Besides these metaphysical worries, there is a more general concern I would like to raise. Bolton and Gillett’s central claim is that a biopsychosocial model is required because factors of all three kinds are causally involved in bringing about, maintaining, and determining the course of health conditions. This causal approach departs, to a significant degree, from Engel’s original intentions. Engel wasn’t so much interested in causes of health conditions; his idea was that health conditions themselves have important psychosocial dimensions. Next to biomedical aspects, Engel pointed out that the human experience of illness is important, as this determines whether or not someone is ill in the first place. Psychological and behavioural expression of illnesses are also significant, meaning that physicians must be able to understand the socially and culturally shaped ways in which patients communicate symptoms. Psychosocial factors further determine when someone accepts the sick role in a given society. And, finally, the physician–patient relationship also affects the way illnesses are experienced and expressed (Engel , pp. 131–2). Engel’s aim with the biopsychosocial model, then, was to widen the understanding of the health condition itself, not their proximal and distal causes. In Engel’s (, p. 132) words:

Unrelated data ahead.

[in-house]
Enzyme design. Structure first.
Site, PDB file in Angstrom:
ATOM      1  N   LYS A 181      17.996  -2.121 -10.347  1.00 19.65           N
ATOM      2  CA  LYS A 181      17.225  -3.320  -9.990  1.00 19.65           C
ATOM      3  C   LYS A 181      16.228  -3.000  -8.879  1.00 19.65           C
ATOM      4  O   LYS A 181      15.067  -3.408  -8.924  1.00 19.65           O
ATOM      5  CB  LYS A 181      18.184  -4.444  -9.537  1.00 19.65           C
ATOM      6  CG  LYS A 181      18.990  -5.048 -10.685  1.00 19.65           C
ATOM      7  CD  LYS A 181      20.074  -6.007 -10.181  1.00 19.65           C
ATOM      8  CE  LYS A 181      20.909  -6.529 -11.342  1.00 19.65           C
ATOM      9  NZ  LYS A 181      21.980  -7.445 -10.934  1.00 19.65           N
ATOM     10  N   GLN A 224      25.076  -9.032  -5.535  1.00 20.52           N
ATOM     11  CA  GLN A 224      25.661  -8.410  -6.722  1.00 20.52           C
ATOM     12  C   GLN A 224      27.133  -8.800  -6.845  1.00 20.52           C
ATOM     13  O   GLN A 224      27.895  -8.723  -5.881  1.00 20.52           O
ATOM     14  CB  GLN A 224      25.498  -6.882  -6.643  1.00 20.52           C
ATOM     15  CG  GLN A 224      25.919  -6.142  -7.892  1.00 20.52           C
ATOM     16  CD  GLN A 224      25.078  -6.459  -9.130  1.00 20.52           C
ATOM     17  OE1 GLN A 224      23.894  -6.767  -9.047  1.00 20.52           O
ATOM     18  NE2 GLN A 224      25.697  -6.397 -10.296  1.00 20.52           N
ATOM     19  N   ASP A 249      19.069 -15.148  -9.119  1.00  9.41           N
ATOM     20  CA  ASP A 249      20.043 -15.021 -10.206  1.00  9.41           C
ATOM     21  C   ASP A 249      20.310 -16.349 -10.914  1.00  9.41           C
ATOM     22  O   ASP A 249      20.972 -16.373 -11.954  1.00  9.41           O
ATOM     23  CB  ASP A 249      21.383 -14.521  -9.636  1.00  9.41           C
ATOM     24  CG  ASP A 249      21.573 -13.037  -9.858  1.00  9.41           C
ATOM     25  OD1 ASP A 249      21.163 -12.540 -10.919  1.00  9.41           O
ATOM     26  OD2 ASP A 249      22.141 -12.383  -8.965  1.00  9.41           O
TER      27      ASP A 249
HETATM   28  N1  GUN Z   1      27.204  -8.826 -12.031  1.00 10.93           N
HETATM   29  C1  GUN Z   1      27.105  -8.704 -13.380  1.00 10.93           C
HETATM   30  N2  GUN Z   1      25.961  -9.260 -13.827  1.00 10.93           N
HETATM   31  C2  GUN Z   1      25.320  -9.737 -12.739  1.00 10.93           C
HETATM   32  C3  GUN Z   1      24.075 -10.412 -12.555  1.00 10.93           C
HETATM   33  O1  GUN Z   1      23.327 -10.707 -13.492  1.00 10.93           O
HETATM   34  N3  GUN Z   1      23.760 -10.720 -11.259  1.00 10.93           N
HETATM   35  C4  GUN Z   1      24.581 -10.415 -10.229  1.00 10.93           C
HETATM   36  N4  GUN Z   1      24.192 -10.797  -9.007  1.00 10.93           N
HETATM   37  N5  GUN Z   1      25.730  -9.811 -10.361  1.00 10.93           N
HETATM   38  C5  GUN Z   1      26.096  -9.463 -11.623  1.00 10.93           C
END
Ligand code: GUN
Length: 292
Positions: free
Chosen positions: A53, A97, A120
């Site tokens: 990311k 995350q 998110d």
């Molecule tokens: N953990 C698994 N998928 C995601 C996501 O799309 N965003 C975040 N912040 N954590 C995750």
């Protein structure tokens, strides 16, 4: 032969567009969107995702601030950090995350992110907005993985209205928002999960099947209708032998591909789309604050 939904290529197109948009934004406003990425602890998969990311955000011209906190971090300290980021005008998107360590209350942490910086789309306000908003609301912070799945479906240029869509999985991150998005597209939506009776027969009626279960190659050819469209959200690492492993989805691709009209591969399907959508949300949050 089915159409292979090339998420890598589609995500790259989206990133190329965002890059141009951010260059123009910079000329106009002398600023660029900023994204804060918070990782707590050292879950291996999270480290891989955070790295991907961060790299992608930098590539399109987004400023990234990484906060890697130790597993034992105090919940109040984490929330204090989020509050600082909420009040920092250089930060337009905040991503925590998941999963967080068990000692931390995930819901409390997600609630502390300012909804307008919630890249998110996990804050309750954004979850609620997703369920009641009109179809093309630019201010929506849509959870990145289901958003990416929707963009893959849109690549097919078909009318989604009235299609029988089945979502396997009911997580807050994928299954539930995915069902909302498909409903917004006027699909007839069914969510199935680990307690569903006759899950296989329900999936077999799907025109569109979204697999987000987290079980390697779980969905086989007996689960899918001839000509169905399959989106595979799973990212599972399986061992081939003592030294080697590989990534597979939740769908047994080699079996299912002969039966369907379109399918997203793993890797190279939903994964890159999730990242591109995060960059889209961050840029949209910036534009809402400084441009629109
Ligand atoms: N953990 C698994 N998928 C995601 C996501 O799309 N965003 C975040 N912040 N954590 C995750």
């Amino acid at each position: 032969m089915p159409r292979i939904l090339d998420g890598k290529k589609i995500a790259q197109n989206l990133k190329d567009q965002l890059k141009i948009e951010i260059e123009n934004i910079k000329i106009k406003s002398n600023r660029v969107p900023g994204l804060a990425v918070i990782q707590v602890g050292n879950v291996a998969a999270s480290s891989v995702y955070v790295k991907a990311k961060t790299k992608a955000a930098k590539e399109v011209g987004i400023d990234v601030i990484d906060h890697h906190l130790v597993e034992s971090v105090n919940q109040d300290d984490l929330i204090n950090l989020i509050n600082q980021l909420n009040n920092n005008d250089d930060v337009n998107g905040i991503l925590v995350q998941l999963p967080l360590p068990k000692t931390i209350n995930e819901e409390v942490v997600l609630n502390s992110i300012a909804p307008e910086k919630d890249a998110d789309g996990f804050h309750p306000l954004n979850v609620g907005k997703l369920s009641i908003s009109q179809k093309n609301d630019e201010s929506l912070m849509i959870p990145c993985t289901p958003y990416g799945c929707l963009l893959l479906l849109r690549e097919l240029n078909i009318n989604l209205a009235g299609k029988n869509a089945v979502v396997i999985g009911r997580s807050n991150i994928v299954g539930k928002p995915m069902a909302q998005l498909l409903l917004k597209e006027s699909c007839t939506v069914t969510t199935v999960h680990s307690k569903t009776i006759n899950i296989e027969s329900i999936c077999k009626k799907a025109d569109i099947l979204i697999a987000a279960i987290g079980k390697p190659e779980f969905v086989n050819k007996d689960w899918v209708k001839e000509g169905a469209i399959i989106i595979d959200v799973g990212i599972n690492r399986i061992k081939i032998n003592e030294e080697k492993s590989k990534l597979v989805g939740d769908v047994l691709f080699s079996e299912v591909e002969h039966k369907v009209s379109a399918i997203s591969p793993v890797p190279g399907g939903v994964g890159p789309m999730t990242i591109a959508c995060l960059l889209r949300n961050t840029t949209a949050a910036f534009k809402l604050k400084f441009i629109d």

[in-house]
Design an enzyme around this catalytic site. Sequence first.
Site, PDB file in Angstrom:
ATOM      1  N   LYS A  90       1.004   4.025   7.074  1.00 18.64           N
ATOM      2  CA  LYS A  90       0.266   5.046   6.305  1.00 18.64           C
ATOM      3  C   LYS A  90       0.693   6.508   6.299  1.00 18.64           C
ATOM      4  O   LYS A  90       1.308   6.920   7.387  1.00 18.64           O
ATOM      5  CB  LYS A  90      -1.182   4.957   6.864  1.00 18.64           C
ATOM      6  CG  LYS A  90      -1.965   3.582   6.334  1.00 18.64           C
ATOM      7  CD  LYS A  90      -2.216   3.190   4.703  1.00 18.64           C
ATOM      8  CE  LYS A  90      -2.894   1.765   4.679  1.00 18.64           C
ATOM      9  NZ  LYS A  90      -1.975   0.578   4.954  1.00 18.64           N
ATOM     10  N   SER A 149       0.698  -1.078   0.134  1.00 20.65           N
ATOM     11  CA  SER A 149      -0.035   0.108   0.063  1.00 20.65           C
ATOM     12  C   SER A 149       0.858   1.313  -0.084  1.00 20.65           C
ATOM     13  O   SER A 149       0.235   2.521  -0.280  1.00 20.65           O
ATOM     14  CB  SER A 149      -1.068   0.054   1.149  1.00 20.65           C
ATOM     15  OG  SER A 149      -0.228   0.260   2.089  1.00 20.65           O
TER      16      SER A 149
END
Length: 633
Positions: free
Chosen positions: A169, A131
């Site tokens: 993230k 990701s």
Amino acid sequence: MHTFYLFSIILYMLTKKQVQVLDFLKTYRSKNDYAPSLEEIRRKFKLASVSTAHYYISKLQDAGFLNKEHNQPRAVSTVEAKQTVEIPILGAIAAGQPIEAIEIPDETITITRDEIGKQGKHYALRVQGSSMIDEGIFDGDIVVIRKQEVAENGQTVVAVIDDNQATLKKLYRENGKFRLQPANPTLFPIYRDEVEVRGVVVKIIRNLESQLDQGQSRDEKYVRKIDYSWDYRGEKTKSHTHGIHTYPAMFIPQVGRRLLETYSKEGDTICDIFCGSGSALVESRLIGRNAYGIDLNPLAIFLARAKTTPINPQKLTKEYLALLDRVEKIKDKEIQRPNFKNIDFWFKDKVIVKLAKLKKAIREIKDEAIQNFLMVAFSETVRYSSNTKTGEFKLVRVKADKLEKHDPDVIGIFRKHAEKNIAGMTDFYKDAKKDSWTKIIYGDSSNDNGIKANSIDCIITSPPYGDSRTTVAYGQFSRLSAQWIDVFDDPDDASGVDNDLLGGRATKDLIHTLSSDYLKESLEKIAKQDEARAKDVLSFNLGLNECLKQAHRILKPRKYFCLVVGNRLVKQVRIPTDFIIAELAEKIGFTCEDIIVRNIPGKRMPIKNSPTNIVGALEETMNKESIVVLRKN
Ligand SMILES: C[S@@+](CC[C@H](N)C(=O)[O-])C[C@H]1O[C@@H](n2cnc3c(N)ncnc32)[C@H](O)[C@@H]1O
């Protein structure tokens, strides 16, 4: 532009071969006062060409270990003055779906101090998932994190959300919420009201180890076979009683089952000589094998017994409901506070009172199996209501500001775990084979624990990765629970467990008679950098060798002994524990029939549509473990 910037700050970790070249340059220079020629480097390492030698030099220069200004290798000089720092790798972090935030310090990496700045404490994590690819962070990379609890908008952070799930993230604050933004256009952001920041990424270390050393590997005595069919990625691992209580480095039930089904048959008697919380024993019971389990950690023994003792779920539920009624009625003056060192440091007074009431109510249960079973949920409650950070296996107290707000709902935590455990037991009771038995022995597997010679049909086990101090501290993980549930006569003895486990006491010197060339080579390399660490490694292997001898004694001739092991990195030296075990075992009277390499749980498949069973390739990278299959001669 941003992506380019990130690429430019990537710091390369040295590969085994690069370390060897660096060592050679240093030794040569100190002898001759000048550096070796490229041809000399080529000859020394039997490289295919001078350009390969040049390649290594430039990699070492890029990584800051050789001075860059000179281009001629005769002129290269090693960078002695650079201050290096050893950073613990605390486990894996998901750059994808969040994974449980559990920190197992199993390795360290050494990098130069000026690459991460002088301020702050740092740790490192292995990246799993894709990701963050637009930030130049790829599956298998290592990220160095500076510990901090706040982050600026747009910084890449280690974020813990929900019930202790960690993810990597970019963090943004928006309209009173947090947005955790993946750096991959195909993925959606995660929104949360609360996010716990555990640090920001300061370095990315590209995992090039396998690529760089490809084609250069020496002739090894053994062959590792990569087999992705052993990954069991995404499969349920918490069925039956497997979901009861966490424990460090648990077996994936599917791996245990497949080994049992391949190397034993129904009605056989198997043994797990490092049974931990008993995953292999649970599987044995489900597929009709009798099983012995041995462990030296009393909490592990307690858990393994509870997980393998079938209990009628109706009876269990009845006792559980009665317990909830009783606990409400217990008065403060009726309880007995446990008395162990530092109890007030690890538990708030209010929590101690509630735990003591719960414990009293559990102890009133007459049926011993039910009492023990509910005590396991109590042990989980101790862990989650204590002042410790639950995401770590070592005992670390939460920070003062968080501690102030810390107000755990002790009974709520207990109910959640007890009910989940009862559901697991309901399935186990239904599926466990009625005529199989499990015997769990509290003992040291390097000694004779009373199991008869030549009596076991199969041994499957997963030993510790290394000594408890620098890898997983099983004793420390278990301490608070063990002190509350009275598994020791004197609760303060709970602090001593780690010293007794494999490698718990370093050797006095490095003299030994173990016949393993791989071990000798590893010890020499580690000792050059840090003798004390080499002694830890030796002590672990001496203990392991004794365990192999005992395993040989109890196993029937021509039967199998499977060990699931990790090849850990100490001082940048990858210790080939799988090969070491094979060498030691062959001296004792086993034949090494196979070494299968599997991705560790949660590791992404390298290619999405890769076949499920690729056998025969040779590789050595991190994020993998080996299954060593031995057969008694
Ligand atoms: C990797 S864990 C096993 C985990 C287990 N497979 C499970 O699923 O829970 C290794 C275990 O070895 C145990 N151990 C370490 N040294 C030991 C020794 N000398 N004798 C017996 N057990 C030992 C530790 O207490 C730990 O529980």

[…] to provide a basis for understanding the determinants of disease and arriving at rational treatments and patterns of health care, a medical model must also take into account the patient, the social context in which he lives, and the complementary system devised by society to deal with the disruptive effects of illness, that is, the physician role and the health care system.
There is a significant difference between what Engel had in mind and what Bolton and Gillett argue for in the first chapters of the book. To illustrate, take COVID-19. If we want to know the full causal story of someone falling ill from the virus, many factors are involved: the institution of wet markets in parts of Asia, the politicized response by local and national authorities, the success and failures of lockdowns, international travel patterns, ways in which people gather and spread the virus, economic class, housing, and diets of the poorer classes—the list is of causes endless (including, one might argue, the interventions that didn’t happen). On Bolton and Gillett’s view, we need a biopsychosocial model to accommodate all these sorts of factors, besides the biochemical properties of the virus and the response of our bodies. But in the end, these are all distal causes to a virus causing a respiratory disease. Engel’s concerns were different: he thought that a full understanding of the ill person requires understanding the lived experience of the patient, the way in which the patient gives expression to it in a social and cultural context, the way in which a sick role is adopted and permitted (or forced), and so on.